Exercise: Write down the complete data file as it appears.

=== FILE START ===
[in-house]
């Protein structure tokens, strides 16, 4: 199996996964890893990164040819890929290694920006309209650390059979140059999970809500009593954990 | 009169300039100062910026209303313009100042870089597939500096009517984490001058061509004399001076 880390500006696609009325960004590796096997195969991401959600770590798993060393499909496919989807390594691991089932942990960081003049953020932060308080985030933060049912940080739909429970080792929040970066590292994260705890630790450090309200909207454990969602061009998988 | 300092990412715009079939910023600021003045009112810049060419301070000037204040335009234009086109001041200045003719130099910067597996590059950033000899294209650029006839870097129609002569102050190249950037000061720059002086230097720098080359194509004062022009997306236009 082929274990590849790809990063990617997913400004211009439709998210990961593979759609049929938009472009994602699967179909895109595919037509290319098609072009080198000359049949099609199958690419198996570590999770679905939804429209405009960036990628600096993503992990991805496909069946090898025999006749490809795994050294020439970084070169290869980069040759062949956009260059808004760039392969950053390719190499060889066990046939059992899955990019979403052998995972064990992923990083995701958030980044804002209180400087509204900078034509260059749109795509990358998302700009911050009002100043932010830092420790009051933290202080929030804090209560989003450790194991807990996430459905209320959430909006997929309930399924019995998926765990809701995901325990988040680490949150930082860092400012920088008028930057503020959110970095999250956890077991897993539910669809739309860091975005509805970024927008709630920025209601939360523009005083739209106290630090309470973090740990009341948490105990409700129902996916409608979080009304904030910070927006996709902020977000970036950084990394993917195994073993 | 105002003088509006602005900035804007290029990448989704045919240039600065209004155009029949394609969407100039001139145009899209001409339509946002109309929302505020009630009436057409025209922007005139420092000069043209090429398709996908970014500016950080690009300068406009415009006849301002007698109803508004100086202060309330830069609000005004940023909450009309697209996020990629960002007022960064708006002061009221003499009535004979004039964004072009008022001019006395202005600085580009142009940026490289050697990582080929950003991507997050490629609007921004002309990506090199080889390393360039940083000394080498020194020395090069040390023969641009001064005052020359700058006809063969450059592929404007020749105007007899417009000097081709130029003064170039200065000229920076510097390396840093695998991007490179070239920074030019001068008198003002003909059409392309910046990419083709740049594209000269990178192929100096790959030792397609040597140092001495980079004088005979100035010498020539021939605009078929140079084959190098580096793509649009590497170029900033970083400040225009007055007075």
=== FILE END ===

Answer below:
[in-house]
């Protein structure tokens, strides 16, 4: 199996996964890893990164040819890929290694920006309209650390059979140059999970809500009593954990 | 009169300039100062910026209303313009100042870089597939500096009517984490001058061509004399001076 880390500006696609009325960004590796096997195969991401959600770590798993060393499909496919989807390594691991089932942990960081003049953020932060308080985030933060049912940080739909429970080792929040970066590292994260705890630790450090309200909207454990969602061009998988 | 300092990412715009079939910023600021003045009112810049060419301070000037204040335009234009086109001041200045003719130099910067597996590059950033000899294209650029006839870097129609002569102050190249950037000061720059002086230097720098080359194509004062022009997306236009 082929274990590849790809990063990617997913400004211009439709998210990961593979759609049929938009472009994602699967179909895109595919037509290319098609072009080198000359049949099609199958690419198996570590999770679905939804429209405009960036990628600096993503992990991805496909069946090898025999006749490809795994050294020439970084070169290869980069040759062949956009260059808004760039392969950053390719190499060889066990046939059992899955990019979403052998995972064990992923990083995701958030980044804002209180400087509204900078034509260059749109795509990358998302700009911050009002100043932010830092420790009051933290202080929030804090209560989003450790194991807990996430459905209320959430909006997929309930399924019995998926765990809701995901325990988040680490949150930082860092400012920088008028930057503020959110970095999250956890077991897993539910669809739309860091975005509805970024927008709630920025209601939360523009005083739209106290630090309470973090740990009341948490105990409700129902996916409608979080009304904030910070927006996709902020977000970036950084990394993917195994073993 | 105002003088509006602005900035804007290029990448989704045919240039600065209004155009029949394609969407100039001139145009899209001409339509946002109309929302505020009630009436057409025209922007005139420092000069043209090429398709996908970014500016950080690009300068406009415009006849301002007698109803508004100086202060309330830069609000005004940023909450009309697209996020990629960002007022960064708006002061009221003499009535004979004039964004072009008022001019006395202005600085580009142009940026490289050697990582080929950003991507997050490629609007921004002309990506090199080889390393360039940083000394080498020194020395090069040390023969641009001064005052020359700058006809063969450059592929404007020749105007007899417009000097081709130029003064170039200065000229920076510097390396840093695998991007490179070239920074030019001068008198003002003909059409392309910046990419083709740049594209000269990178192929100096790959030792397609040597140092001495980079004088005979100035010498020539021939605009078929140079084959190098580096793509649009590497170029900033970083400040225009007055007075």